In a BEN exclusive we spoke with Tom Stannard, Corporate Director of Economic Growth and Regeneration at Wakefield Council to discuss the development of Mills. Wakefield Council will be presenting at our upcoming Mills Development Conference.


  1. Wakefield Council has worked extensively with developers City & Provincial on redeveloping Rutland Mills Complex, how did that partnership come about?

After the Council’s previous developer decided not to proceed with Phase 3 of the waterfront masterplan, the council acquired their holdings to bring the entire site under Council control.

The Council engaged in a process of de-risking the site, through selective demolition of minor buildings, recreating the original courtyard, and re-purposing one building  as temporary art space for the adjacent Hepworth to utilise.

This enabled potential developers to better understand both the site’s potential, and to use the Hepworth reputation to raise Rutland’s profile.

The Council highlighted the opportunity to invest at both the UK & European (Cannes) MIPIM property exhibitions in 2015. CPPI initially expressed interest, then visited the site, with the partnership developing from there.


  1. Wakefield has cultivated a cultural and artistic reputation, particularly from the Hepworth, how does the council intend to push that further?

The District has a strong cultural offering; including two internationally respected destinations; the Hepworth Gallery and Yorkshire Sculpture Park. In addition the city hosts two facilities for new artists, The Art House and Westgate Studios.

A regional performing arts college (CAPA) is currently under construction, which will train 500 students opening in September 2020

Council is currently developing a Cultural Strategy to harness all these strengths and raise the profile of the district at regional and national level.


  1. Are there any other Mills that the council are targeting for redevelopment?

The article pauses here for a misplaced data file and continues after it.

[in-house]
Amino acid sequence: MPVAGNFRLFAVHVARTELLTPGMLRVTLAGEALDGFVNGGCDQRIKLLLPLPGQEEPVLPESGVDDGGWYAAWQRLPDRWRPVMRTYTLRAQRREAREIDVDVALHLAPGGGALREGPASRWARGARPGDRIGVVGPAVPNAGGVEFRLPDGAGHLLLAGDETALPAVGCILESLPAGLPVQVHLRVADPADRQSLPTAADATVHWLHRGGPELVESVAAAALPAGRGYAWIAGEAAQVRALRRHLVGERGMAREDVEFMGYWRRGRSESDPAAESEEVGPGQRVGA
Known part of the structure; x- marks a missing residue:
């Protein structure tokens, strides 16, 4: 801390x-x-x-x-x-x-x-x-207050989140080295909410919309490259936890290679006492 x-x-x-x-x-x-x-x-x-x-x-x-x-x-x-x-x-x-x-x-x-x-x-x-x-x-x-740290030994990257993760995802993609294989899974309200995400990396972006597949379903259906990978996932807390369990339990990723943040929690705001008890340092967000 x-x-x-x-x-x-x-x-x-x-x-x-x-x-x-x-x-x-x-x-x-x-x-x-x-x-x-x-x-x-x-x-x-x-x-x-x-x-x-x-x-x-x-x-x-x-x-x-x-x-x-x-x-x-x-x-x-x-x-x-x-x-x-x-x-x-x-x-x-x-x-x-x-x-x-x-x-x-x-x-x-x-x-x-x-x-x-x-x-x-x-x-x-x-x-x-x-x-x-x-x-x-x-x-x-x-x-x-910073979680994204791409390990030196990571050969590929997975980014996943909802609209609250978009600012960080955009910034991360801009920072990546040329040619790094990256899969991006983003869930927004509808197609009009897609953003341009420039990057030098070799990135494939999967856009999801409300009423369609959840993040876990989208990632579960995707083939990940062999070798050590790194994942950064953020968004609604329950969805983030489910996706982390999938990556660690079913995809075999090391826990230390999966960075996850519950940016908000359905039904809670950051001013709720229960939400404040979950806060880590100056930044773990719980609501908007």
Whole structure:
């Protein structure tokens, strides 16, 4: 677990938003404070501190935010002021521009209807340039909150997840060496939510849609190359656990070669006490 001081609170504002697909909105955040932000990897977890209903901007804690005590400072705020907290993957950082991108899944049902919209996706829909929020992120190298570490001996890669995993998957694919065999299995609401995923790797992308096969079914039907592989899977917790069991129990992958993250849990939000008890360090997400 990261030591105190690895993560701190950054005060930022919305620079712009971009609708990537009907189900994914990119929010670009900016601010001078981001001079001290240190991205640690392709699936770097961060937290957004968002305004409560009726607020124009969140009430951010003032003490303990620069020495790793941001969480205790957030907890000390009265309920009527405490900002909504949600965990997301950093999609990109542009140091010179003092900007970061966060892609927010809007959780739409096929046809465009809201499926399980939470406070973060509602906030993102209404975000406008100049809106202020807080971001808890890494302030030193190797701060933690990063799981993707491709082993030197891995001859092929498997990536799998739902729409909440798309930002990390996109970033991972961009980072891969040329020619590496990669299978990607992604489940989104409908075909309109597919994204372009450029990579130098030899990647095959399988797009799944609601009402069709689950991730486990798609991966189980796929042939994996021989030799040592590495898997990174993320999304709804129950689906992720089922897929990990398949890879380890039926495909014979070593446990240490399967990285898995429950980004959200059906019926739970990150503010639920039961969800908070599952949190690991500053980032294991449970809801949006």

The Rutland Mills complex comprises seven buildings which will be restored in 2 phases over a 7 year period.

The only other remaining mill in the district that the council is supporting as a regeneration project is Queens Mill in Castleford.


  1. Queen’s Mill in Castleford is another mill that has received recent modernisation, what are the council’s long term plans for that development?

Queens Mill is owned by Castleford Heritage Trust which is a registered charity and a limited company which aims to promote the community’s heritage and culture. The Council supports

CHT, who have carried out major refurbishment works, and become an established Community Anchor for the Wakefield District, welcoming new businesses to the site, re-established flour production, and hosted community events and exhibitions.   The development of the Mill is an on-going community led project.


  1. Are there any mills that have provided too many challenges to be viable for development?

Unfortunately many mills closed and were demolished in the 1970s and 1980’s before their potential was generally recognised. However, The Council identified, as did many others, in the late 1990s, that waterfronts were an asset to the city and the long process of master planning, identifying appropriate developers and secure grant funding commenced.


  1. How does the council balance preserving heritage, while converting these buildings into buildings with modern standards?

There is a fine balance between preservation and conservation, as it is important to retain the integrity of these historic buildings, whilst ensuring they can be re-purposed. The Councils conservation team has worked with Historic England and the developer’s architects to find acceptable solutions and minimise the impact on the buildings.


  1. What potential do you feel that these developments have for leading a wider revitalisation?

Due to the historical value that mills have in local industrial heritage there is a temptation to see them as iconic projects, but I believe that Mill developments should not be seen as a leading project in isolation of their surroundings. They need to be repurposed within a context and vision for the regeneration area within which they reside, whilst maximising their heritage integrity.